in Movies

Film Review: “Her” (She Just Wasn’t the One for Me)

I wanted to love Her.

The Spike Jonze written and directed comedy (not really) takes a current societal problem (we’re in love with our phones) and tosses it into a fated Los Angeles where people are so detached from any human emotion and interaction that they have other people write their letters for them.

And therein lies the first problem I have with Her. People barely write letters as it is. The Post Office could go under any day now. But we’re supposed to believe that in this future world, with all of its life-managing cyber people, and immersive video games, and complete L.A. subway system, that letters have made a comeback all because Jonze wants to stress how disengaged humans are from each other?

That’s not to say Her doesn’t nail most of its cynical views on relationships and what’s become of the human psyche. Joaquin Phoenix’s Theodore is a self-wallowing pity fest which is becoming the norm in our culture of “It’s all about me, I’m amazing, I’m perfect, I am always right.” And Scarlett Johansson, as the voice of Samantha, does a tremendous job taking us from the jubilation one feels at the beginning of any new relationship to the confusion and turbulence that occurs once feelings (and love) start to develop.

But the most excellent illustration is a small little scene in which Theodore asks his OS to read through his daily emails and as he breezes through all of the “important” ones without thought, he stops at a tabloid-esque email about provocative pregnancy photos. Because we’re a society more obsessed with Justin Bieber’s DUI than Russia’s lack of civil rights.

I also should mention, Her is a beautifully shot film, even if Jonze suggests that soon we’ll all be wearing muted pastel Member’s Only jackets and khakis. Not-so-distant future Los Angeles looks fantastic, maintaining it’s urban edge while embracing a more harsh skyline.

SPOILER ALERT!

But here is my main issue with Her, and it’s one that took me out of the film completely. The entire setup is that this new OS begins with you. Meaning, when you start it up, the voice learns, grows, and acclimates to you and your personality. Your words, actions, and reactions cause the OS to develop into a one-of-a-kind entity that is specific to your needs and requirements – which flows nicely into the relationship that forms between Theodore and Samantha. But this is all thrown out the window when, at the climax of the film, Samantha admits to speaking with 8000+ others and falling in love with around 600 of them. This shouldn’t be possible if each OS is individualized to the person using it as we are led to believe. It’s a striking plot hole used to create dissonance in their relationship and one that shouldn’t be forgiven.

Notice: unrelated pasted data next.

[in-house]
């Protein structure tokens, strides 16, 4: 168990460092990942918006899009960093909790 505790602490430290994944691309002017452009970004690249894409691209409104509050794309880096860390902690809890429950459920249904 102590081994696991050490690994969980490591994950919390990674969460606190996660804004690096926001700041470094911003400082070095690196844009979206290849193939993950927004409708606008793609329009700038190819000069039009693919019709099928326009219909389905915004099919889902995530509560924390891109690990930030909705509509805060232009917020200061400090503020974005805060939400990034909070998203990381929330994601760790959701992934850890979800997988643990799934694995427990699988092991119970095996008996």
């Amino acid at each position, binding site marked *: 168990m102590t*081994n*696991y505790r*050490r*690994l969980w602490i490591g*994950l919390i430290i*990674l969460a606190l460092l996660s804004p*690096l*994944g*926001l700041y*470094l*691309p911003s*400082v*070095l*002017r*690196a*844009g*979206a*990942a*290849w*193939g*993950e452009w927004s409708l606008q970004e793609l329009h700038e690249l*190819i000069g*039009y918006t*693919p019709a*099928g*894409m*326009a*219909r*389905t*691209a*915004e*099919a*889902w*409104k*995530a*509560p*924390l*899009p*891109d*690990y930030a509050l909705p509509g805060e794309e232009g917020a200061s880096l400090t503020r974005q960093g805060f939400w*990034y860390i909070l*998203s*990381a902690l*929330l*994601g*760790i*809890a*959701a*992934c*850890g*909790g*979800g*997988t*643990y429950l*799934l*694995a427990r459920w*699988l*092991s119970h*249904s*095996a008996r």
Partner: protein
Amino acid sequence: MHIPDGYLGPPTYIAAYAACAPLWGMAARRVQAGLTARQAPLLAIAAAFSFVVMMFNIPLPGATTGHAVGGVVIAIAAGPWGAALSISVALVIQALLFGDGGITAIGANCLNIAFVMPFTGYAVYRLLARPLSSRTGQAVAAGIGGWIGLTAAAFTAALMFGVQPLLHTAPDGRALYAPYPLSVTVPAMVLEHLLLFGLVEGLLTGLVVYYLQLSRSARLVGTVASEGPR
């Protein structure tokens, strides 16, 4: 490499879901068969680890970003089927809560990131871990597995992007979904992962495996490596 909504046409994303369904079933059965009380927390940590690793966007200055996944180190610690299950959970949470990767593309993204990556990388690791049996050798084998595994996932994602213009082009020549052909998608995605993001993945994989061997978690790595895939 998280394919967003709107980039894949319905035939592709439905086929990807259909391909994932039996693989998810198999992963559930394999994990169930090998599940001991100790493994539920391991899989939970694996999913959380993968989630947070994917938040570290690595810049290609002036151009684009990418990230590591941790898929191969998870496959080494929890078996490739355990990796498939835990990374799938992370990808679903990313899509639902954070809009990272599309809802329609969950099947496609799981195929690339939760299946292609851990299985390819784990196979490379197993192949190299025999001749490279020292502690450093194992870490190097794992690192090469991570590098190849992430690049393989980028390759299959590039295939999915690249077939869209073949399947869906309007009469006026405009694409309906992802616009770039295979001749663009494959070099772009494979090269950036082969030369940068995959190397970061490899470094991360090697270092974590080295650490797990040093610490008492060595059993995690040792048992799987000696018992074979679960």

This doesn’t make the filmunwatchable. It rings with a truth and self-consciousness that’s admirable. I just won’t be falling in love with Her anytime soon.

3-stars-out-of-5

  • Starring: Joaquin Phoenix, Scarlett Johansson
  • Directed by: Spike Jonze
  • Running Time: 126 minutes
  • Genre: Drama, Romance

(Photo Credit: Annapurna Pictures)

  • Hey Matt. I’m sorry you didn’t like Her as it’s one of my favorite movies of 2013. I don’t think the problem you had with the movie, the plot hole as you call it, is actually a plot hole. That plot line was meant to mirror real life relationships. In real life relationships people also are supposed to, as you say – learn, grow, and acclimate to each other, but that doesn’t happen all the time. In that way I found the fact that Samantha is an OS completely irrelevant and didn’t found it to be a plot hole.

    Dorian